The Time Bind: When Work Becomes Home and Home Becomes Work

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In her remarkable new book, The Time Bind, Arlie Hochschild brings us startling news of the ways in which home is being invaded by the time pressures and efficiencies of work, while the workplace is, for many parents, being transformed into a strange kind of surrogate home. For three years at a Fortune 500 company, she interviewed everyone from top executives to factory hands, sat in on business meetings, followed sales teams onto golf courses, and trailed working parents and their children through their days. In a series of vivid portraits, Hochschild paints a surprising picture of couples as time thieves, children as emotional bill-collectors, spouses as efficiency experts, parents who feel like helpful mothers and fathers mainly to their workmates, and women who - like generations of men before them - flee the pressures of home for the relief of work. Hochschild's groundbreaking study exposes our crunch-time world and reveals how, after the first shift at work and the second at home, comes the third, and hardest, shift of repairing the damage created by the first two.

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THE TIME BIND: When Work Becomes Home and Home Becomes Work

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Along with predictable premises and conclusions, this case study raises unsettling questions about the impact of time on contemporary lives. Sociologist Hochschild (Univ. of Calif., Berkeley) observes ... Read full review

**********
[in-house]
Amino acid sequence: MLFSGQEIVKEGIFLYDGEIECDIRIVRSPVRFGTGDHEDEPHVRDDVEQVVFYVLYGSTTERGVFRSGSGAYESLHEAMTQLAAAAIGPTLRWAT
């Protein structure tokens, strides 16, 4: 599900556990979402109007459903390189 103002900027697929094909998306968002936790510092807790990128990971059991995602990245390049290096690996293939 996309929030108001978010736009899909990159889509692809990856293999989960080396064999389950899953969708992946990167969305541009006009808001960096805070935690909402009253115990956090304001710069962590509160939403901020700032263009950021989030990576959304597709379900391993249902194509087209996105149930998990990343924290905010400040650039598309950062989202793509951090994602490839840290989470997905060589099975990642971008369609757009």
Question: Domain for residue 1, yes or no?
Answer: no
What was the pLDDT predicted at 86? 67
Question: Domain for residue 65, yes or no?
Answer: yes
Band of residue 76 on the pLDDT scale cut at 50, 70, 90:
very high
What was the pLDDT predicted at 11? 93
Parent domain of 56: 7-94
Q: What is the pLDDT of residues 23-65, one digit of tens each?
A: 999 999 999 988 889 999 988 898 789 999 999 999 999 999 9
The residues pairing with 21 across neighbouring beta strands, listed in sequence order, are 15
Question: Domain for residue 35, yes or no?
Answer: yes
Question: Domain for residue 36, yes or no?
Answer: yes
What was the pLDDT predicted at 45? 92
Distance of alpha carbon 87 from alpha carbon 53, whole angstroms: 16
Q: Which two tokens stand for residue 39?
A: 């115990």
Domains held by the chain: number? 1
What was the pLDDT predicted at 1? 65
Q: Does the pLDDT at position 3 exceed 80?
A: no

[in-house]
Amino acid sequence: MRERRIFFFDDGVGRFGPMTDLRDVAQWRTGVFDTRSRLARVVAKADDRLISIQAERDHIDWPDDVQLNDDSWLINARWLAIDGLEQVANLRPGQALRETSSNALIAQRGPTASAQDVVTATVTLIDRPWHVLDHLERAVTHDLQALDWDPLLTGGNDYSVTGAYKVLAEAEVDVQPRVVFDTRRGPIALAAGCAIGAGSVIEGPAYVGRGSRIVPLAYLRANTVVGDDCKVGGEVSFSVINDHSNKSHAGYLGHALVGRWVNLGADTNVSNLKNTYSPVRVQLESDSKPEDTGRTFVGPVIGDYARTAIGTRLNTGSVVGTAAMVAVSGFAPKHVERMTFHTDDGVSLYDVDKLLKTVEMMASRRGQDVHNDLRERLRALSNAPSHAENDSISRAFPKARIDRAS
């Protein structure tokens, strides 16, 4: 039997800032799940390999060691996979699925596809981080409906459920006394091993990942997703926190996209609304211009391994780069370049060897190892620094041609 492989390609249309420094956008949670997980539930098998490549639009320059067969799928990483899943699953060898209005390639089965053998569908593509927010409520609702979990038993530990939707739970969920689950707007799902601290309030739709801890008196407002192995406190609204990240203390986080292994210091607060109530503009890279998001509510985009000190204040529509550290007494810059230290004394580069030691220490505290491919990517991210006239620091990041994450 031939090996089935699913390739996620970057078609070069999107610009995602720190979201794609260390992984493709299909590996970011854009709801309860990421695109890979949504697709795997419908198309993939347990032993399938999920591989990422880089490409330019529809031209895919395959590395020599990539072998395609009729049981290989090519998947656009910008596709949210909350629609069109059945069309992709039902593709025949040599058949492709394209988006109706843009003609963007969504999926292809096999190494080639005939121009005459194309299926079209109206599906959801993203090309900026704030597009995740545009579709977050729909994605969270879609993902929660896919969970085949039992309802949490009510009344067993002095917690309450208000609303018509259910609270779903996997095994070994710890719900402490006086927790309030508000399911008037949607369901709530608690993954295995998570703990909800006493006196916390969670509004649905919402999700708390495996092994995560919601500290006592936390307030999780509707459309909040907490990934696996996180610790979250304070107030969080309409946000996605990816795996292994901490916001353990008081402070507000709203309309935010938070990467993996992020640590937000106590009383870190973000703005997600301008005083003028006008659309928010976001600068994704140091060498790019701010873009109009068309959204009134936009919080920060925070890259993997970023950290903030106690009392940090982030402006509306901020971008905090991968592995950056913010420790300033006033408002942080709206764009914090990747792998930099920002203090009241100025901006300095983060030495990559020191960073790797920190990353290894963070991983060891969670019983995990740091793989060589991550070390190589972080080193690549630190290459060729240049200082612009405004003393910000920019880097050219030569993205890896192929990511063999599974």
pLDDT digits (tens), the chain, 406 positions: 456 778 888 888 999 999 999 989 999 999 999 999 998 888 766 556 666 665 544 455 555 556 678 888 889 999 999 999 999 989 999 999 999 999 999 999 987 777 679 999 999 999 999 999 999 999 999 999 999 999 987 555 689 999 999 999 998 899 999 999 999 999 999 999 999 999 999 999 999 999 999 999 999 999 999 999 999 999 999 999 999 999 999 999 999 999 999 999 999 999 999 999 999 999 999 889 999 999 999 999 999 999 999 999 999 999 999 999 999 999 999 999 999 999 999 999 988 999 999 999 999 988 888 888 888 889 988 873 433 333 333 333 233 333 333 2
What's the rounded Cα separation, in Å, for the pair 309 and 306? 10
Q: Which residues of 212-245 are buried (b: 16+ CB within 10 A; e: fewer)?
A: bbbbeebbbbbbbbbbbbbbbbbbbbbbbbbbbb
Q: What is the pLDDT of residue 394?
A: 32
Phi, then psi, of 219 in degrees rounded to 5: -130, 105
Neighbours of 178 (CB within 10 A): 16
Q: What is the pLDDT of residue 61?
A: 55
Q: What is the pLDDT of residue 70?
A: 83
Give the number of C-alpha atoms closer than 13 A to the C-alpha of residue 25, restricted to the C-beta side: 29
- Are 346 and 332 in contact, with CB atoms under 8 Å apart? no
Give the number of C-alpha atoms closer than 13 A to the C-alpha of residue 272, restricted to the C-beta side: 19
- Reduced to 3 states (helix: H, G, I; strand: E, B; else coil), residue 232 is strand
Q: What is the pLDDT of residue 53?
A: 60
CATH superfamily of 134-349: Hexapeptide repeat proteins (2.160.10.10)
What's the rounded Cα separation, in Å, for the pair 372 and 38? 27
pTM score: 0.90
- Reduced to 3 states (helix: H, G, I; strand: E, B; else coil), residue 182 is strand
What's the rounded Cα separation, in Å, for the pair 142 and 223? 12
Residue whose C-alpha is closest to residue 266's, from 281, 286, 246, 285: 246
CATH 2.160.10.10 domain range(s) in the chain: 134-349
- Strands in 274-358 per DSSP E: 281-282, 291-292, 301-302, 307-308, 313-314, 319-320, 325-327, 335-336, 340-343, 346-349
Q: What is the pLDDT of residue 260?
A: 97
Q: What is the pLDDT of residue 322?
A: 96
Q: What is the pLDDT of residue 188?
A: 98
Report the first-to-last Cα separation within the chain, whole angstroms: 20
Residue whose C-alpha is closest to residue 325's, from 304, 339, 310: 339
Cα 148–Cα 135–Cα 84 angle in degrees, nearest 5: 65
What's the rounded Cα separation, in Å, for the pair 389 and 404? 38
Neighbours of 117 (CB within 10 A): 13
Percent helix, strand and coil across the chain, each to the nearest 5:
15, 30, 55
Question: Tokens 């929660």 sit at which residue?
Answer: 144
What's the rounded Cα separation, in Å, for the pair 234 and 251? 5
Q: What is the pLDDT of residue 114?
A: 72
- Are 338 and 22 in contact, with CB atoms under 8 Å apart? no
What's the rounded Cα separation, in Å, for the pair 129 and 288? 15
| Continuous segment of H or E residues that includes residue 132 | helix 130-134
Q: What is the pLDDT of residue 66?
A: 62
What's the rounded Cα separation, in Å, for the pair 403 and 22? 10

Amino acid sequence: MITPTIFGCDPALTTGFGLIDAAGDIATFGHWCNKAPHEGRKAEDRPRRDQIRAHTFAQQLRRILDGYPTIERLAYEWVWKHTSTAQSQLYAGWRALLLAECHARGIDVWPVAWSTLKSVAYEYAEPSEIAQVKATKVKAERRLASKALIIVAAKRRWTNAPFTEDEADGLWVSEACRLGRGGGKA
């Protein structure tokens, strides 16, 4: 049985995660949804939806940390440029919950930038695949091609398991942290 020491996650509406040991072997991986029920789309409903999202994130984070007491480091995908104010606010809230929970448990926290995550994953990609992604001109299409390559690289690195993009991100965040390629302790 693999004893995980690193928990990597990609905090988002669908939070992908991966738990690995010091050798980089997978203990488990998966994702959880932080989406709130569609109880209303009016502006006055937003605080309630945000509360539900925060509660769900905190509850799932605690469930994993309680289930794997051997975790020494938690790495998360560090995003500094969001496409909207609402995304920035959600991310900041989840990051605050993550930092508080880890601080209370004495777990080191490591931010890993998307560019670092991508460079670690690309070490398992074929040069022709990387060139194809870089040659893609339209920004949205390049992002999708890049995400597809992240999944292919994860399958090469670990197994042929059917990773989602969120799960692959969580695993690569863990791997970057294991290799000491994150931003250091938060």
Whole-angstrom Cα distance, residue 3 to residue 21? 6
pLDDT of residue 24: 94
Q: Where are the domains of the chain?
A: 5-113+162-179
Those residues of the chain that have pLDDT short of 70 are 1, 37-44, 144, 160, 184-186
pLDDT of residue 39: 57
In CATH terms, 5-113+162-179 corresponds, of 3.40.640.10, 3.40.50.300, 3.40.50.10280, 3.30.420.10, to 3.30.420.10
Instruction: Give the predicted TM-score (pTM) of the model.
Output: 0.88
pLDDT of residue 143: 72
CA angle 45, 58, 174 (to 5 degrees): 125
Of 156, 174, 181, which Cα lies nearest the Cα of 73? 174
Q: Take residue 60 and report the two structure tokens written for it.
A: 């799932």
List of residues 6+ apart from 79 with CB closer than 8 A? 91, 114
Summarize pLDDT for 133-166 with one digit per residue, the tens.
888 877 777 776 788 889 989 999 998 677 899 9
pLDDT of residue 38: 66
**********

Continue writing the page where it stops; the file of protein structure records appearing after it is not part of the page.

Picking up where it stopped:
The time bind: when work becomes home and home becomes work

User Review  - Not Available - Book Verdict

Hochschild, coauthor of the acclaimed The Second Shift (LJ 4/15/89), here reports on a study she conducted of a large company (name changed) to see why employees were not taking advantage of the ... Read full review


PART II From Executive Suite to Factory Floor
PART III Implications and Alternatives

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About the author (1997)

Arlie Russell Hochschild, a professor of sociology at the University of California, Berkeley, is the author of two New York Times Notable Books of the Year, THE SECOND SHIFT and THE MANAGED HEART. She has received numerous awards, including a Guggenheim Fellowship and a research grant from the National Institute of Mental Health. Her articles have appeared in Harper's, Mother Jones, and Psychology Today, among others. She lives in San Francisco with her husband, the writer Adam Hochschild.

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